Coca Farmer Wars With Bolivia Gov't
Jun. 13, 1998
LA PAZ, Bolivia (AP) _ A top leader of the coca leaf farmers union faces expulsion from Congress for urging armed resistance to a government plan to end Bolivia's cocaine trafficking, a Congressional leader said.
Lawmaker Evo Morales has retaliated by dredging up old, unproved accusations that President Hugo Banzer is involved in drug trafficking activities.
Banzer has pledged to end cocaine trafficking before 2002. His decision to use of troops to help destroy illegal coca leaf plantations has prompted recent violent confrontations that have left eight dead in the Chapare, the main coca-growing region.
``The police and military are trying to rob everything,'' Morales said Saturday. ``In the face of such delinquency, any citizen would defend and organize themselves.''
Two policemen were killed in the last two weeks in the Chapare, a lush tropical region in the heart of Bolivia where Morales receives most of his support.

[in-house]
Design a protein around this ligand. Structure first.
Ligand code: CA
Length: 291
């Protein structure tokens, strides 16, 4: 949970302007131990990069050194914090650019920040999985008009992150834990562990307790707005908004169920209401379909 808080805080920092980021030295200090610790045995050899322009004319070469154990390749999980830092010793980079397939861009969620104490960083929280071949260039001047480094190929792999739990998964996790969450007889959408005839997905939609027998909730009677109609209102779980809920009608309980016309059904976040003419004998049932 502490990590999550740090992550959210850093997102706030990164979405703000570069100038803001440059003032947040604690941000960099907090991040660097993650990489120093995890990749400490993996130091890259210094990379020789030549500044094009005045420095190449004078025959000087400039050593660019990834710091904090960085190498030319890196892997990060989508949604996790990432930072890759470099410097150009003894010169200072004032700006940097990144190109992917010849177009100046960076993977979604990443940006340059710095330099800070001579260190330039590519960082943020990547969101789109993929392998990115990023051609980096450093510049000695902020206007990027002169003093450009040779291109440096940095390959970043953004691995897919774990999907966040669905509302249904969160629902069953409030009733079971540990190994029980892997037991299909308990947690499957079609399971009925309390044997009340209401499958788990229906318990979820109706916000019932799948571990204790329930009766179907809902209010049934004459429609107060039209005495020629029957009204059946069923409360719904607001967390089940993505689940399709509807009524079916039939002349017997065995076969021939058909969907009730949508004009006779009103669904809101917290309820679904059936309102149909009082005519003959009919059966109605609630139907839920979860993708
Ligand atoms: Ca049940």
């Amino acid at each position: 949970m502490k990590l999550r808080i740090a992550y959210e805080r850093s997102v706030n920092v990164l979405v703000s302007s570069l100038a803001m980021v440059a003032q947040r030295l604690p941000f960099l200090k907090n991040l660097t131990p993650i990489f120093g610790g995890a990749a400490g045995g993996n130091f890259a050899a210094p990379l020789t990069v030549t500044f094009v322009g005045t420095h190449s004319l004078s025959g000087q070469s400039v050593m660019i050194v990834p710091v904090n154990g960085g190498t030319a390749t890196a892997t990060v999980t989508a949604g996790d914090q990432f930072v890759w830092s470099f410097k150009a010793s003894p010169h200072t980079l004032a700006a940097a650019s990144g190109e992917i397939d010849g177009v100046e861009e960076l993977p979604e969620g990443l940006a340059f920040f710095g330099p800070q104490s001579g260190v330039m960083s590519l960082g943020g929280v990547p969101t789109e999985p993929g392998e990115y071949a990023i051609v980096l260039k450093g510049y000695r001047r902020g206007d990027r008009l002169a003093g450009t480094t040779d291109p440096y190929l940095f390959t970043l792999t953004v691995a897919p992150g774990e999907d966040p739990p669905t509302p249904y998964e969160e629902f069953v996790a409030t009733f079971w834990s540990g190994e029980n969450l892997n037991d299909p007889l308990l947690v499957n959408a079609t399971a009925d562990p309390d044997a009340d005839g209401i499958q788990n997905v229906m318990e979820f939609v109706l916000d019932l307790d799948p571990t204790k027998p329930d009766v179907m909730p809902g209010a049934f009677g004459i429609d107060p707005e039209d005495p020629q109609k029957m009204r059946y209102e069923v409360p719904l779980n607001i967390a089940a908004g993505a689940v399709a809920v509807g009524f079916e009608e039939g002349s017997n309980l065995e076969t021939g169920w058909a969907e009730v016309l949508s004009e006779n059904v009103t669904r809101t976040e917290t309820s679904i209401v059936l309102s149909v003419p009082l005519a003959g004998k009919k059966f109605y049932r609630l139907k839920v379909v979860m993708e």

Last week, Congress referred Morales to the ethics committee to consider charges of sedition, which could result in his expulsion.
``The Ministry of the Interior wants him out of congress so he loses political immunity and can be quickly brought to trial,'' said Adolfo Anez, party whip of the ruling Nationalist Democratic Action party.
Bolivia is one of the world's leading producers of coca, the raw ingredient of cocaine. Morales and others say entire communities in the Chapare region are dependent on the coca harvest for their livelihoods.
The president of the Bolivian Human Rights Assembly said the charge of sedition _ loosely defined in the legal code as actions that attack and undermine the public order _ does not apply to Morales.
Meanwhile, thousands of coca leaf farmers have broken ranks with Morales and have agreed to voluntarily eradicate coca plants in exchange for the development of alternative crops.
The government is paying farmers about $1,000 per acre for coca plants they destroy voluntarily.
Bolivia has agreed to destroy almost 17,300 acres of coca plants this year or face de-certification by the United States and the loss of aid.